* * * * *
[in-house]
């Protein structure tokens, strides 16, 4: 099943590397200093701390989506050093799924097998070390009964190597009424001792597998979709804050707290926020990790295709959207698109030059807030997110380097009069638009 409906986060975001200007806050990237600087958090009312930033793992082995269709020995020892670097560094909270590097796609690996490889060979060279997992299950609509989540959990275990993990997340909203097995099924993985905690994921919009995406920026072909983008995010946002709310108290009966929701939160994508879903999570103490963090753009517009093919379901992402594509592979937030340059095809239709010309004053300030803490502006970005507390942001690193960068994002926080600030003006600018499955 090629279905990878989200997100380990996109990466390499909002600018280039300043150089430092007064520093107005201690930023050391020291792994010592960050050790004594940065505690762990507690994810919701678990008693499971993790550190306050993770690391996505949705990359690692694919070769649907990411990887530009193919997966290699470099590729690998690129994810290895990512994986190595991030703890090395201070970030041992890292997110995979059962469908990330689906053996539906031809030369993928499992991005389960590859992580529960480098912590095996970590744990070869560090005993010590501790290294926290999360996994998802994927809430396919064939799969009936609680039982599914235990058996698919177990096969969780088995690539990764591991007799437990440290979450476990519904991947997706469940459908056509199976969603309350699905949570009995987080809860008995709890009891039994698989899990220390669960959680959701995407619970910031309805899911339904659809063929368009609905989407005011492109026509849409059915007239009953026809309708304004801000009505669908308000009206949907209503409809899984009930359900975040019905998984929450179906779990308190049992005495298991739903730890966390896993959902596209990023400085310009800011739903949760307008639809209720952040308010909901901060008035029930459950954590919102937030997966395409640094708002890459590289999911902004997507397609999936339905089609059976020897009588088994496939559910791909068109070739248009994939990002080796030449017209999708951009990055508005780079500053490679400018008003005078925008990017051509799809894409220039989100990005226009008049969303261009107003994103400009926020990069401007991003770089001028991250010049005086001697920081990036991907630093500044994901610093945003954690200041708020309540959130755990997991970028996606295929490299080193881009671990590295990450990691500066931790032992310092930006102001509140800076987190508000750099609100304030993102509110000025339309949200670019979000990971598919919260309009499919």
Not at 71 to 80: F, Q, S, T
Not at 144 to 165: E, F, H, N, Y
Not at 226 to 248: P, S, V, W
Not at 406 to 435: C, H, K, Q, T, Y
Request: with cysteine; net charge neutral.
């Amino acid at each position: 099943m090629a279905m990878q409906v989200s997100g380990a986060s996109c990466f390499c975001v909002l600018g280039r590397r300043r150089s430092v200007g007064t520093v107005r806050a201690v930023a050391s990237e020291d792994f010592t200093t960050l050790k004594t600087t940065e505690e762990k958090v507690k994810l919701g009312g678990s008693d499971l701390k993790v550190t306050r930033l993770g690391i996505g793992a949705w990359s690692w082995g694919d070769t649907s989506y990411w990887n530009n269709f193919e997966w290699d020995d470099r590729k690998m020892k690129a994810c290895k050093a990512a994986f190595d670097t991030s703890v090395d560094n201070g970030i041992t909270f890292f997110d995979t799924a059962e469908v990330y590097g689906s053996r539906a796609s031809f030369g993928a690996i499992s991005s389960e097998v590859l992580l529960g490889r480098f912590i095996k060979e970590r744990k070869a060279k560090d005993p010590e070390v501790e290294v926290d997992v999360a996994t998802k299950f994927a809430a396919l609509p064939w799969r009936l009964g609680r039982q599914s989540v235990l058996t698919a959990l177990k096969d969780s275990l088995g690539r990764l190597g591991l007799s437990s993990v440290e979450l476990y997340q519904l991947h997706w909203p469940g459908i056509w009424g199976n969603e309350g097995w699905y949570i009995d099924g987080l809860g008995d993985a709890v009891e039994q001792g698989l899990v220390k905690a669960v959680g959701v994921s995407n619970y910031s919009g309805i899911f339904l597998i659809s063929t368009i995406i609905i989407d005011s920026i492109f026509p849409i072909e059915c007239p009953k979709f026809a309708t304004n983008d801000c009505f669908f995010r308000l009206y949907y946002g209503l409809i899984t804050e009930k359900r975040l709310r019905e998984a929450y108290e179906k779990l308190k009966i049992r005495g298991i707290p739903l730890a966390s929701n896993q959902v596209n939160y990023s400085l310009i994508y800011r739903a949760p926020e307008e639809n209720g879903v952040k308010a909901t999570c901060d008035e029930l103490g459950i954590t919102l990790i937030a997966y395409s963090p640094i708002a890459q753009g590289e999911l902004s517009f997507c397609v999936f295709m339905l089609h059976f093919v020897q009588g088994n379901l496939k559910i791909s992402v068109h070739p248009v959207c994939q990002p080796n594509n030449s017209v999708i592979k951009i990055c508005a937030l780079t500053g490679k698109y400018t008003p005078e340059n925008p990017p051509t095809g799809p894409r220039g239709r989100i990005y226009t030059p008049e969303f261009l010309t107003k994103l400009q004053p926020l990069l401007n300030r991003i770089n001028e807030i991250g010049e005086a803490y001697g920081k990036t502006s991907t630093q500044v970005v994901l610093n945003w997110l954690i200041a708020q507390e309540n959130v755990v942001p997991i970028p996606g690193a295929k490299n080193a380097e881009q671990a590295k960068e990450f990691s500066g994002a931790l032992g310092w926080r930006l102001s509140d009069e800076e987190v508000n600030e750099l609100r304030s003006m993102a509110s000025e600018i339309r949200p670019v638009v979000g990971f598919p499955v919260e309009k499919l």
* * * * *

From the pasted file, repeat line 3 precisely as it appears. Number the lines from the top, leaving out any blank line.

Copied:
Not at 71 to 80: F, Q, S, T